A Simple Interview Question
I ran into an interview question on leetcode about a number conversion that marked as easy. It reveals the beauty of our numbering notation.
Question
Excel Sheet Column Title
Given a positive integer, return its corresponding column title as appear in an Excel sheet.
For example:
1 > A
2 > B
3 > C
...
26 > Z
27 > AA
28 > AB
...
Example 1:
Input: 1
Output: "A"
Example 2:
Input: 28
Output: "AB"
Example 3:
Input: 701
Output: "ZY"
Solution (Incorrect)
At first glance, I thought it is just a simple conversion to a base 26 number. The obvious solution is:
string convert(int n) {
string s = "ABCDEFGHIJKLMNOPQRSTUVWXYZ";
string result = "";
int r;
while(n) {
r = (n  1) % 26;
n /= 26;
result = s[r] + ret;
}
return result;
}
However, it is incorrect. When n
is 27
, instead of AA
, it returns BA
. Hmm, that is because 271
is 26
,
which in 26 bassed numbering system carries one digit to the higher position and becomes 10
.
In our wrong notation system, where B
is equivalent to 1
, and A
is equivalent to 0
, 10
is noted as BA
.
Analysis
If we observe the question more closedly, we can find there is something special to the notation. It does not have
a notation for 0
! It is like in decimal, if we count 1, 2, 3, …, 9, then the next one, instead of 10, we
couldn’t write it down, because there is no 0
!
Hmm, this question must be created by an ancient mathmetician before the Indian invented 0
.
So how can we fix it?
Let’s study the current decimal system that has 0
. In decimal, a number 234 is actually
2 x 100 + 3 x 10 + 4 x 1
. A number 240 is 2 x 100 + 4 x 10 + 0 x 1
. A number 108 is 1 x 100 + 0 x 10 + 8 x 1
.
The position in the number corresponding to how many powers of 10, and the number is the coefficient.
So 942
the number 9
at the position (from left to right, start with 0) 2
, means you need to times number 9
with 10
to the powers of 2
(100
),
and the number 4
at the position 1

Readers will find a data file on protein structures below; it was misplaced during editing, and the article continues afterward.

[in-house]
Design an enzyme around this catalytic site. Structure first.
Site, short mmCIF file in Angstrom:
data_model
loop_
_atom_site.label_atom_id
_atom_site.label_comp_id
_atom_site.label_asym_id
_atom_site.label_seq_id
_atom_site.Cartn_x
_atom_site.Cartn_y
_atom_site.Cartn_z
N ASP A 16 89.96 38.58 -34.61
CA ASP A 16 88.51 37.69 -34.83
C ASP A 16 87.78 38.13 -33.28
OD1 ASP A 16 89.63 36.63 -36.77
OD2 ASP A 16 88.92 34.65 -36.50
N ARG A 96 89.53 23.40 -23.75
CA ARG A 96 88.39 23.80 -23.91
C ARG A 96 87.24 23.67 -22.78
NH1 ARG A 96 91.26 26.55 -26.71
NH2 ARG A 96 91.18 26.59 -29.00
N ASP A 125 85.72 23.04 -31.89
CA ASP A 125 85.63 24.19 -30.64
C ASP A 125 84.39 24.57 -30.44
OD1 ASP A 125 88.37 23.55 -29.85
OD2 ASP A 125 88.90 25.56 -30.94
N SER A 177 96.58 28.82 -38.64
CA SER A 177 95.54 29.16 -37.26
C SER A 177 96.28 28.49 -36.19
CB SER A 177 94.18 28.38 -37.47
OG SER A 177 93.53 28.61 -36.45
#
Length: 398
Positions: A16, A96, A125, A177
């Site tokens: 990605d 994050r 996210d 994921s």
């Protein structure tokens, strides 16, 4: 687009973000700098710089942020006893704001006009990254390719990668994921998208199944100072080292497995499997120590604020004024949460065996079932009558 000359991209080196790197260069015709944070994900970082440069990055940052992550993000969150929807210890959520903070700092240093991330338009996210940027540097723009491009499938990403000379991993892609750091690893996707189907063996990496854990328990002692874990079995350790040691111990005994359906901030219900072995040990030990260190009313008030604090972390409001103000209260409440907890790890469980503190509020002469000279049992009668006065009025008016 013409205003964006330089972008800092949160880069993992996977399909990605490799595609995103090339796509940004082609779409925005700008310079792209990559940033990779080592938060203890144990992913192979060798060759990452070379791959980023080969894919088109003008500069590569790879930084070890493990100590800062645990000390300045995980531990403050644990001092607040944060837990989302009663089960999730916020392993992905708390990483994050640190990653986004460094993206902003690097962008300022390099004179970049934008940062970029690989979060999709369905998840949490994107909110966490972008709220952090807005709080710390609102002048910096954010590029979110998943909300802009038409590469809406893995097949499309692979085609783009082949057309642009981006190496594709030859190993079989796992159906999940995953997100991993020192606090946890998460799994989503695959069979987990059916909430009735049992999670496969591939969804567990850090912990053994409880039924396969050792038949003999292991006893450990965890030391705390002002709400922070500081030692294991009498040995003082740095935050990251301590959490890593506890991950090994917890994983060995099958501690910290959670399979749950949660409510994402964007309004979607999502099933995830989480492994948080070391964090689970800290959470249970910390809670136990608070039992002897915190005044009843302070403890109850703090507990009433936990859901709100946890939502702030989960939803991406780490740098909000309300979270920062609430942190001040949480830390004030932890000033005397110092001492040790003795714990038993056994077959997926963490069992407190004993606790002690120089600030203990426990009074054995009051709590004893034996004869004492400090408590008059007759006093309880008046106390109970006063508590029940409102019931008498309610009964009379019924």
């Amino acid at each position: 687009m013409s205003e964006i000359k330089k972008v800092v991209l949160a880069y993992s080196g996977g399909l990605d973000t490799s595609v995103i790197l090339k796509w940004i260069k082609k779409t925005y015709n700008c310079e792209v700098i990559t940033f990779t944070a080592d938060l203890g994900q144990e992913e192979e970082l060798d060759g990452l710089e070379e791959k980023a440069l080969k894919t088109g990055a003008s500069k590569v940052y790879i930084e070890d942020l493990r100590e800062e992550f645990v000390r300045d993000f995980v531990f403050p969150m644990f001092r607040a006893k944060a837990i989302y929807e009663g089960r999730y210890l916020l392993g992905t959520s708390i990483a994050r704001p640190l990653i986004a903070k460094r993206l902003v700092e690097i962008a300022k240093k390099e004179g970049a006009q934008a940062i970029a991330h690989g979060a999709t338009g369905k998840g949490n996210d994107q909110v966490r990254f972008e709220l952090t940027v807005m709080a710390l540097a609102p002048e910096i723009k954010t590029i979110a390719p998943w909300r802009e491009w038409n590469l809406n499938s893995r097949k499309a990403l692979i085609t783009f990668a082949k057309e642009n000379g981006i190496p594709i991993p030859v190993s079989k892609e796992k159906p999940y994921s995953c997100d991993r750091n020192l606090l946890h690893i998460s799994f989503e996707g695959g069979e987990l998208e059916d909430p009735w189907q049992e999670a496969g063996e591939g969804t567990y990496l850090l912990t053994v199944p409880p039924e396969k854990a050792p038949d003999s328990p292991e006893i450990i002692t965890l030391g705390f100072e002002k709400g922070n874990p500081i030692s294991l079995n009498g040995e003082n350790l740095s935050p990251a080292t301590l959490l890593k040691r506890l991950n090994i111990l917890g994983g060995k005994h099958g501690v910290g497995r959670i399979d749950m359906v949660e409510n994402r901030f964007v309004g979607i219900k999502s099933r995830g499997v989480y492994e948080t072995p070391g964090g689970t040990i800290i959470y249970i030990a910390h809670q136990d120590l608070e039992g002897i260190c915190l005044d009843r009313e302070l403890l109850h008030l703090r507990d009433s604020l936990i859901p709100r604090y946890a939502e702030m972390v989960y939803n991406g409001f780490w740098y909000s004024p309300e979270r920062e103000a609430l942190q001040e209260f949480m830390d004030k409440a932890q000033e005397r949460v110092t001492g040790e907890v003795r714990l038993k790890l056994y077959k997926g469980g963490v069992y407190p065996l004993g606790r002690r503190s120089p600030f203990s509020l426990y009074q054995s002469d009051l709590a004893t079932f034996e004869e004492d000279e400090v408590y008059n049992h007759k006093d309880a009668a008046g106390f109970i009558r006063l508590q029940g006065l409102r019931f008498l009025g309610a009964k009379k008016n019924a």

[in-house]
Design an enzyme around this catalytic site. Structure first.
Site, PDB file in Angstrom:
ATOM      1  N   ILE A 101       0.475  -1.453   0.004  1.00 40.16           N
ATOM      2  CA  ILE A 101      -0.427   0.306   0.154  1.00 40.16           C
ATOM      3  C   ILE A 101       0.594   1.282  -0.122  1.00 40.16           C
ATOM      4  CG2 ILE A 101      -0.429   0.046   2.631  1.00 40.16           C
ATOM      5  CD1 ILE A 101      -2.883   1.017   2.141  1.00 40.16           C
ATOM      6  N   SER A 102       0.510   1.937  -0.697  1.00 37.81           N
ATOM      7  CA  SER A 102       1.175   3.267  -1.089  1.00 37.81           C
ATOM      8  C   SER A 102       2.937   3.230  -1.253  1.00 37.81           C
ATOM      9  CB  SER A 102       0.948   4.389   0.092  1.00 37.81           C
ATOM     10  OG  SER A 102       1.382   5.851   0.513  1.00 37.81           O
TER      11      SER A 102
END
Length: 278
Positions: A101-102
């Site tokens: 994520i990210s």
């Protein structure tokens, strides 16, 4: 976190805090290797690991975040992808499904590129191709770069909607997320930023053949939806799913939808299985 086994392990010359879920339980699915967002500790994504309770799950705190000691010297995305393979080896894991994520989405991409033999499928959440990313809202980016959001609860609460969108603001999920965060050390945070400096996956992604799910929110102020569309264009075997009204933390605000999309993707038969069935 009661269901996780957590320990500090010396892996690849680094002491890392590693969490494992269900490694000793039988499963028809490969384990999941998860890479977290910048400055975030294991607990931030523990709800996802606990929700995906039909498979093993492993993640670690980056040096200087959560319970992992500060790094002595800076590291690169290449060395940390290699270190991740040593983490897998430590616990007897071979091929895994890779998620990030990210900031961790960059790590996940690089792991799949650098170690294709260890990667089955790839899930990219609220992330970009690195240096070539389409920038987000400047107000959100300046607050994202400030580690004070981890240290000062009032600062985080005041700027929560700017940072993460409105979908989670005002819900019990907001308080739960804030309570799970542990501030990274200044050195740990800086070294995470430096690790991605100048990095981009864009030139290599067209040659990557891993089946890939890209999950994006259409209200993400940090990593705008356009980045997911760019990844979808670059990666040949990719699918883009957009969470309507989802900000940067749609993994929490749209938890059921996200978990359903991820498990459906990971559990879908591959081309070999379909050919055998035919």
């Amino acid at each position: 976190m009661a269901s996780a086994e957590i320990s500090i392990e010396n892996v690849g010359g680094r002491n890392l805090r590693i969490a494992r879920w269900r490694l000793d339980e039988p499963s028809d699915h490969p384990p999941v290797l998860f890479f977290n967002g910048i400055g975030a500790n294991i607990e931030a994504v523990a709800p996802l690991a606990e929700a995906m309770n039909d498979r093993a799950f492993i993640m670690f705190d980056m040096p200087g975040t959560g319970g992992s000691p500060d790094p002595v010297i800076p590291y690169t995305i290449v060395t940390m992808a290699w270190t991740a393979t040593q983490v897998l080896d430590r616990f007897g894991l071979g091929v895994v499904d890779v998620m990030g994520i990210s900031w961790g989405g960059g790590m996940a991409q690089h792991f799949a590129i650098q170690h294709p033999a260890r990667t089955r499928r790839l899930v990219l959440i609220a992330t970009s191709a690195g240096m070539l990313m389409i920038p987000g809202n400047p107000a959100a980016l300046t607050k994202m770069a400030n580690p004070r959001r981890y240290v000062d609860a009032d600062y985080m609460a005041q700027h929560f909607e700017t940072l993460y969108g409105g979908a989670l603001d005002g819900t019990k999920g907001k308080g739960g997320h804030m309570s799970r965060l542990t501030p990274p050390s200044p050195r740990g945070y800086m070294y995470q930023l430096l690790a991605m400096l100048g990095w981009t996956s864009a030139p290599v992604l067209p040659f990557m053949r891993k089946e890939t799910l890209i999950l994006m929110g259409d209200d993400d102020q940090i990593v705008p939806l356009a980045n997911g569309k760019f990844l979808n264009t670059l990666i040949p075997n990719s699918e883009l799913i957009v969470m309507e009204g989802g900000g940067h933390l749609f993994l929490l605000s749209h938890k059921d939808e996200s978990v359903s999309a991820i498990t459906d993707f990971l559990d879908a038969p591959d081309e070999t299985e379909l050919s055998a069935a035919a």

, means you need to times number 4
with 10
to the powers of 1
(10
),
and the number 2
at the position 0
, means you need to times number 2
with 10
to the powers of 0
(1
).
position 2 1 0
  
v v v
number 9 4 2
^ ^ ^
  
Power of 10 2 1 0
Value 9 x 100 + 4 x 10 + 2 x 1 = 942
If we omit 0
, then we cannot tell the difference between 108 and 18, or 10008! You see how important 0
is in our numbering system?
What to do if there is no 0
?
Let’s look at the number little more closely to figure out if there is a solution for this. A number 240
means
2 x 100 + 4 x 10 + 0 * 1
, if there is no 0
, we can do this: 240 = 23[10] = 2 x 100 + 3 x 10 + 10
. Here I use
[10]
as a notation means 10
occupies the last position. There, no zero is needed! Let’s use a single symbol to
replace the [10]
, say, A
, then 23[10]
can be written as 23A
. and 108
can be written as A8
.
From 1 to 110 becomes:
1, 2, 3, 4, 5, 6, 7, 8, 9, A,
11, 12, 13, 14, 15, 16, 17, 18, 19, 1A,
21, 22, 23, 24, 25, 26, 27, 28, 29, 2A
...
91, 92, 93, 94, 95, 96, 97, 98, 99, 9A
A1, A2, A3, A4, A5, A6, A7, A8, A9, AA
This, is exactly what we need! All we need to do is when a position should be 0
, we borrow a 10
from the higher position and use our A
to note a 10
.
Solution
Now back to the original question, the solution become obvious. When the remainder is 0
, instead of use 0
, we borrow
26
from the higher position, and write an Z
instead of 0
.